Accoring to a study from the Business Software Alliance (BSA), there is evidence of the growing market for DRM-enabled online content in Europe, highlighting the incongruity of rising 'private copy levies' on digital equipment in Europe.
The size of the DRM-enabled online music market in the US and Europe is expected to reach approximately $1.86bn in 2008, a nearly seven-fold rise from approximately $235m in 2004. The online music market in Western Europe alone is forecast to grow more than 500 per cent by 2008 to $559.1m, from ?106.4m in 2005.
Online music downloads carry a royalty at the point of purchase designed to compensate artists for use of their copyright-protected material. Payment of this royalty is facilitated using DRM technology. Yet, according to Bitkom, a German trade association, consumers pay up to ?150 in private copy levies for a typical home or small office setup with a PC, scanner, printer and CD or DVD burner, even if they purchase copy-protected digital content such as online music. That means European consumers are forced to pay usage rights multiple times for the same music: at the download point and through taxes imposed on their equipment.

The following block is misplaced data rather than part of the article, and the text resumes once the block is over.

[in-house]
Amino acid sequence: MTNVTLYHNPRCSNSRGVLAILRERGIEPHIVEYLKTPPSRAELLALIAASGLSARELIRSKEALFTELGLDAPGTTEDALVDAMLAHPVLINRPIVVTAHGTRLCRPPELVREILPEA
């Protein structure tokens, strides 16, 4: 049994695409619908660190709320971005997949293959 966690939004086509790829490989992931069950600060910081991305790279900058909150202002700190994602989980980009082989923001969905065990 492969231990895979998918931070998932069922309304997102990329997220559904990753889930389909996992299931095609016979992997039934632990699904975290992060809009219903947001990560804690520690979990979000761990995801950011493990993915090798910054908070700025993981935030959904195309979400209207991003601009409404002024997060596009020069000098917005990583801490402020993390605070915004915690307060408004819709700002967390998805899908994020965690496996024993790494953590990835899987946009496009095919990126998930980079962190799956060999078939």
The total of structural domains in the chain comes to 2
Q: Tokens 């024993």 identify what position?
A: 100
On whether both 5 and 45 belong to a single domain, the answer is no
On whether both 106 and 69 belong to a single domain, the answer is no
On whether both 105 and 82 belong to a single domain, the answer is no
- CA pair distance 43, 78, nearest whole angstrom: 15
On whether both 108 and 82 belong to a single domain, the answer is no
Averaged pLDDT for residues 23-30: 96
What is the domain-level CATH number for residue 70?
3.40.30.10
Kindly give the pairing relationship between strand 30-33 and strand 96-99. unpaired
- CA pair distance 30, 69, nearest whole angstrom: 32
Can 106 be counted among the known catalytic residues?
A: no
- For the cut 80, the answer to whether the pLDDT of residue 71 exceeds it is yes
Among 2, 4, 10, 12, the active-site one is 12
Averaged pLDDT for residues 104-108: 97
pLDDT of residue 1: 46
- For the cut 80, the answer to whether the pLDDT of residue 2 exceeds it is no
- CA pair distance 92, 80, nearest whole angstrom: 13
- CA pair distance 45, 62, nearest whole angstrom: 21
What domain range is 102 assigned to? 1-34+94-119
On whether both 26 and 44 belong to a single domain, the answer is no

Copy-protection technology known as digital rights management (DRM) is used on virtually all legal music downloads and subscriptions. It typically allows users to make a reasonable number of private copies while helping to prevent piracy.